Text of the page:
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Copyright 2009 Arpiné Djenguerian. All rights reserved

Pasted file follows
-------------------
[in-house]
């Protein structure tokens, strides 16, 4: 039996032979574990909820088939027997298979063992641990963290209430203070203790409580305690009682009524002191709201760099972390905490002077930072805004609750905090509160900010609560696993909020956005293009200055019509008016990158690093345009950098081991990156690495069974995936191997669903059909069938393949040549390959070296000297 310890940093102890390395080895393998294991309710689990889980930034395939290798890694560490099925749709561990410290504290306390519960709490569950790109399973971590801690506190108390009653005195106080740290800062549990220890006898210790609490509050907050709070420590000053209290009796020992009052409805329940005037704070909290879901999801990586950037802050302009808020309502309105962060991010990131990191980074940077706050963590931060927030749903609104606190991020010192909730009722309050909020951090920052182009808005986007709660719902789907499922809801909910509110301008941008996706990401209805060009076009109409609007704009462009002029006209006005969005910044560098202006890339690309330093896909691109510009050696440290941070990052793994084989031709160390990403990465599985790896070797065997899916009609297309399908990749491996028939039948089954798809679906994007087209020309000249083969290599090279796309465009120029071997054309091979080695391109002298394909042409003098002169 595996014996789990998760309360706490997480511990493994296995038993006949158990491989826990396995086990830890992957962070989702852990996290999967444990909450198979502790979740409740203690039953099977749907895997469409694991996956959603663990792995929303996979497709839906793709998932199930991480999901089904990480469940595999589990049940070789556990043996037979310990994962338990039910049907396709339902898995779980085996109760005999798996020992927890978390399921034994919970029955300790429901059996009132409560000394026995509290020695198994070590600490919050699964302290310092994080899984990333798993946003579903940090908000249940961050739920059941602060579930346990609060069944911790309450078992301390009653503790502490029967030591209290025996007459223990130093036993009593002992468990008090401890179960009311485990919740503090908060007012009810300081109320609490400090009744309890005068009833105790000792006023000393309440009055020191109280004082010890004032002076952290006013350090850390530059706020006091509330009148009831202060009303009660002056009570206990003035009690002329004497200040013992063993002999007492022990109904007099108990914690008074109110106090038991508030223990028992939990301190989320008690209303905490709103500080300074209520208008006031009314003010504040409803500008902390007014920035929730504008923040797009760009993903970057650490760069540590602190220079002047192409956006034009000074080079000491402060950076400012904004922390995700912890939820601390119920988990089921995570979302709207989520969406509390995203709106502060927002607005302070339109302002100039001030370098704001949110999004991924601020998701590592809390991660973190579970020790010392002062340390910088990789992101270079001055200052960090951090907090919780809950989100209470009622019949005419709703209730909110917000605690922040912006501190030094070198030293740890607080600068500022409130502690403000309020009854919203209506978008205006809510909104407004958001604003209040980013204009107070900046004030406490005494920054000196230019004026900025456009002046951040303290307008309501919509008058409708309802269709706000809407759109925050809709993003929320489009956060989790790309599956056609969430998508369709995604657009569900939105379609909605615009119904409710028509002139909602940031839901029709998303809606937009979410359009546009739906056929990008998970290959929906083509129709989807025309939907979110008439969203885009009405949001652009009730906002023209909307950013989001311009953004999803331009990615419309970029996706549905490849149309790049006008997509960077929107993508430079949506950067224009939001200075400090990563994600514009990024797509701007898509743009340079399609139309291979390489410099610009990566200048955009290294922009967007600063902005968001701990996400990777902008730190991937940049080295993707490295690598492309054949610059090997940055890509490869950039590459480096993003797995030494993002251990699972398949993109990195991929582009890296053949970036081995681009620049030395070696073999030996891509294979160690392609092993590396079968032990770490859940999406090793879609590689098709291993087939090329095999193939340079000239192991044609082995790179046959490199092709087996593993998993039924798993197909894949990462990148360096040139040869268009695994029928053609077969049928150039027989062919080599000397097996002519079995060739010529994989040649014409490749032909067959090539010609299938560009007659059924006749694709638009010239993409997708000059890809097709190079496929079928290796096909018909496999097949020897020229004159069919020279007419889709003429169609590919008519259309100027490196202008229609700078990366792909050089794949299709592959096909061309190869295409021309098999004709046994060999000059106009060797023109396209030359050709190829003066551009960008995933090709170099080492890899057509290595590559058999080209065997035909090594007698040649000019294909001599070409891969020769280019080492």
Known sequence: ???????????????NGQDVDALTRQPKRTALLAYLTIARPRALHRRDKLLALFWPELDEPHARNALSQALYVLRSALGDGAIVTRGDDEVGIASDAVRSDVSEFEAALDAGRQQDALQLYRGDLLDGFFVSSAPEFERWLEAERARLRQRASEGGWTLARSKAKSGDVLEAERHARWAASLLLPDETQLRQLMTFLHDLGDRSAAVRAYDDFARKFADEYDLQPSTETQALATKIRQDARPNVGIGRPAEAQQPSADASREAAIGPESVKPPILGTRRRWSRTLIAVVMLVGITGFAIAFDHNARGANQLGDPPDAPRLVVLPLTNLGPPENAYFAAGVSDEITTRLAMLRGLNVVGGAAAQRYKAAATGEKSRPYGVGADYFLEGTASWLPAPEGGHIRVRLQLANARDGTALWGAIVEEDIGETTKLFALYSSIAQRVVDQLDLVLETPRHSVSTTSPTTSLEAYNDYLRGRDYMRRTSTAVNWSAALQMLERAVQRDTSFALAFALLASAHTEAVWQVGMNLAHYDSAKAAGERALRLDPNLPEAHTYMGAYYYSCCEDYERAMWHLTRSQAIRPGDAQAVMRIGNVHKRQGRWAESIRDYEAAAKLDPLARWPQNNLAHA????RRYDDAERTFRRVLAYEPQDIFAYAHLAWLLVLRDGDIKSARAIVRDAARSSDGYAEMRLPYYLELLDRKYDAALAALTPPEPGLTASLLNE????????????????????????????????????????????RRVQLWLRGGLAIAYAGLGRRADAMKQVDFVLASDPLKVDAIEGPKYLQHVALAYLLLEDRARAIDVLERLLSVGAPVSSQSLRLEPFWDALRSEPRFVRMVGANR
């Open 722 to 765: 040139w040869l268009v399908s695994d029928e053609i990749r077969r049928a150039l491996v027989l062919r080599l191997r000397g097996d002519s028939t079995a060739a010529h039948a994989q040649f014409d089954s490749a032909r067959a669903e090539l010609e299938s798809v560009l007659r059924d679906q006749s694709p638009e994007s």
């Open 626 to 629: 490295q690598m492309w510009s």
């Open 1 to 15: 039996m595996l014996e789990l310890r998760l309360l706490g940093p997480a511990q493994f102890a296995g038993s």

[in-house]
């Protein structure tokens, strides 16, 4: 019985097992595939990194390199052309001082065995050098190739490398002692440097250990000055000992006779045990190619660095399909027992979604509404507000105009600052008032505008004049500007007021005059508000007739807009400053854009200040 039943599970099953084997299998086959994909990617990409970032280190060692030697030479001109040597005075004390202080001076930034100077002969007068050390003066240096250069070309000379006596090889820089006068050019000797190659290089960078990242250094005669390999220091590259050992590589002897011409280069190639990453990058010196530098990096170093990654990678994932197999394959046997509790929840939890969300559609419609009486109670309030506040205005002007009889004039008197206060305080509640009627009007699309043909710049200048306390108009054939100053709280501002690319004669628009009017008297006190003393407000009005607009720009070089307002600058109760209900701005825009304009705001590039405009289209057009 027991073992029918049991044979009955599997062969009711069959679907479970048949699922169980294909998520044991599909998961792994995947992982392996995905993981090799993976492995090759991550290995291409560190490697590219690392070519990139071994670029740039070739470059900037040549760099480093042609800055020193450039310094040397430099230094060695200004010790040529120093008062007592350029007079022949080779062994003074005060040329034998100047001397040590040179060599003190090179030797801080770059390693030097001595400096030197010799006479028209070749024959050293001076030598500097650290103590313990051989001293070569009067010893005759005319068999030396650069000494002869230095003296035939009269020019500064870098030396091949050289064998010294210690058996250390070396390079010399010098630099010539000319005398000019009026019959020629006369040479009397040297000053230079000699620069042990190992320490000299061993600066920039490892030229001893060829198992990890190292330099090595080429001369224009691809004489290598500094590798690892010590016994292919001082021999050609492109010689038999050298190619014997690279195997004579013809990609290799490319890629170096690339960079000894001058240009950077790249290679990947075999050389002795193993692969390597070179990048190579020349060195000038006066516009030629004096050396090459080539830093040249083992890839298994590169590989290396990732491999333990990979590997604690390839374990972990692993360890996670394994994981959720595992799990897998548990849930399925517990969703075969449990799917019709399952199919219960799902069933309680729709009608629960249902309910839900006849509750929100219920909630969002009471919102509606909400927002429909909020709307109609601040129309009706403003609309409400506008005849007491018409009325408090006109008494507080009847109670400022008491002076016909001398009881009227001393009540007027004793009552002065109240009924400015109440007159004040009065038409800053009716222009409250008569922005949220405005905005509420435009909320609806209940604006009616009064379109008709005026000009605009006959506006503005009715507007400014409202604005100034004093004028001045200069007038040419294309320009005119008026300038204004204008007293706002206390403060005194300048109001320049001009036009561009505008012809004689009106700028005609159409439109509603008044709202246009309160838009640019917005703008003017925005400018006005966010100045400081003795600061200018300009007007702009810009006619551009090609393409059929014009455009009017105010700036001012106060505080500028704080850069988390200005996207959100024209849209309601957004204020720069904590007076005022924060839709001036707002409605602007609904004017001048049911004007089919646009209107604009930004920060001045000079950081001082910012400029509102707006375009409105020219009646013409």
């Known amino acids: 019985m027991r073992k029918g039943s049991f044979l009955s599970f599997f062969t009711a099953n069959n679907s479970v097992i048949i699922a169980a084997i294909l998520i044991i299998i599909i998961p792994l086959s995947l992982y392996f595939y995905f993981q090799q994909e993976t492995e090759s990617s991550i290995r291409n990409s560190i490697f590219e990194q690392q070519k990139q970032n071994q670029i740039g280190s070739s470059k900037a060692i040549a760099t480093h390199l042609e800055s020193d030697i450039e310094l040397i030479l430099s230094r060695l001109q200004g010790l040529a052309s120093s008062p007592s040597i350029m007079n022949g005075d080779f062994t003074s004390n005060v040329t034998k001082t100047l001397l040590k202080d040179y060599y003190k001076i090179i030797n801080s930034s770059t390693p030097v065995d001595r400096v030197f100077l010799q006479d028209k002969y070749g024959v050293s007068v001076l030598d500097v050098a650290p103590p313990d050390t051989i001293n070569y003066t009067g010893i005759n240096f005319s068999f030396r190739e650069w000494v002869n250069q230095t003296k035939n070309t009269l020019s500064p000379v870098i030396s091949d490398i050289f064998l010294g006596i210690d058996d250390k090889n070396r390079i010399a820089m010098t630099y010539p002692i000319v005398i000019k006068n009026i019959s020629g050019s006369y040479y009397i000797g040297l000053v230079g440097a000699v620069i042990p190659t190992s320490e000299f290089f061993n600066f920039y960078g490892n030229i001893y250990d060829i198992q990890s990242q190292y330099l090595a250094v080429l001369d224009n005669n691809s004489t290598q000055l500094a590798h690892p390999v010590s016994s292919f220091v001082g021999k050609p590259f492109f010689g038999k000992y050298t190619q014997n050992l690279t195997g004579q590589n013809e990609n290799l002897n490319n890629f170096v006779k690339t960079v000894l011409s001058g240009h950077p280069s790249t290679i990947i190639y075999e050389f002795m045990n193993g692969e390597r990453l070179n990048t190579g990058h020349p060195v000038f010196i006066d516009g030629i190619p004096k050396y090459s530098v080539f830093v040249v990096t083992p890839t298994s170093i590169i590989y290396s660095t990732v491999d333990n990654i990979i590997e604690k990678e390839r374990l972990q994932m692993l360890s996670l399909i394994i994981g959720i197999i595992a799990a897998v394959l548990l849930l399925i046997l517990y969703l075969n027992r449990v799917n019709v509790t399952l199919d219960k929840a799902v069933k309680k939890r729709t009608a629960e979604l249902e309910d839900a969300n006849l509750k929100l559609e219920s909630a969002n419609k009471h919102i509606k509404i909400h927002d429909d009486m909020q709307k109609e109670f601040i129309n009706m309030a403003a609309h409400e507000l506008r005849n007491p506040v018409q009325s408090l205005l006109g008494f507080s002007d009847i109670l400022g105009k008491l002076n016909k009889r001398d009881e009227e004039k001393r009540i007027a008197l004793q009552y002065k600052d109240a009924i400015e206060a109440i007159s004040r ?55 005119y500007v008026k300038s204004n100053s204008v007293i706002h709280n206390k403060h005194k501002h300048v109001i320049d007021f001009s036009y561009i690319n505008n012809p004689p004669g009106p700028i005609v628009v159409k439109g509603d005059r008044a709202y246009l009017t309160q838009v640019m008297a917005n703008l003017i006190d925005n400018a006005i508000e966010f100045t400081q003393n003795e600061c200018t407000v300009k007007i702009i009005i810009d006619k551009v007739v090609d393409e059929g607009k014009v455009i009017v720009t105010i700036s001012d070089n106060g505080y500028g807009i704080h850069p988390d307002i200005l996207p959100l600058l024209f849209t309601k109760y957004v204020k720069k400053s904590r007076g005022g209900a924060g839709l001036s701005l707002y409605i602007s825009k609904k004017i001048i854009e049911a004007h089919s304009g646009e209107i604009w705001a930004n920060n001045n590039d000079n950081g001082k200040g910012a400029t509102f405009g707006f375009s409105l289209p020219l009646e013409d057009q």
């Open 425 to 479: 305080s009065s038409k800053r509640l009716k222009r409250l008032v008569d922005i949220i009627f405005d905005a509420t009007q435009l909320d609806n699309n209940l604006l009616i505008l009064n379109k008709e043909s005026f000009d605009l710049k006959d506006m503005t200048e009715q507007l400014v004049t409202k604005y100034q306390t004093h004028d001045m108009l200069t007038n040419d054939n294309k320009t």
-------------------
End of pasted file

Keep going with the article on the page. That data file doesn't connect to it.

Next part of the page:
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Landscape of computational analysis combined with art aesthetics is the framework of my abstract paintings, new media works and installations. My work comes from my practice as an engineer. I apply the same mental vigor in solving aesthetics problems. As an engineer, I enjoy the challenge of designing artificial intelligence, network protocols and high-end supercomputers. Painters at their canvases are like engineers at their workstations: routing flows, plugging leaks, and balancing out unruly forces. Fashion, textile, graphics or movie still images as initial source material are transformed through collage, computer generated visual algorithms tempered with aesthetic rules and intuition for the creation of the more complete representation. Combining art and technology in this way lets me go beyond historical precedents of new contemporary ways of seeing, feeling, painting and creating installations. What matters to me in either monochrome or high-intesity polychrome paintings is orchestrating shapes along directional axes to create drama. Early on, influenced by Hans Hoffman and Karl Kasten I painted two-dimensionally, embedding flat shapes with hard outlines in the surface of the canvas. Other times, influenced by Arshile Gorky, Cecily Brown and Albert Oehlen I plung into the third dimension, using glazes and scumbling to render shapes with soft fuzzy edges that ffloat in translucent depths.  The content of lean, sprinting brushstrokes set against plush, luxurious shapes is an abstraction of the real-world contrast of sinew with flesh.  This basic polarity reveals itself in many forms: that of the athlete and the concubine, John the Baptist vs. Buddha, Male and Female, Yin and Yang.  I wish to use lines, colors and forms to evoke feeling and compel drama. I want my paintings to have the propulsion and intricacy of a symphony or novel.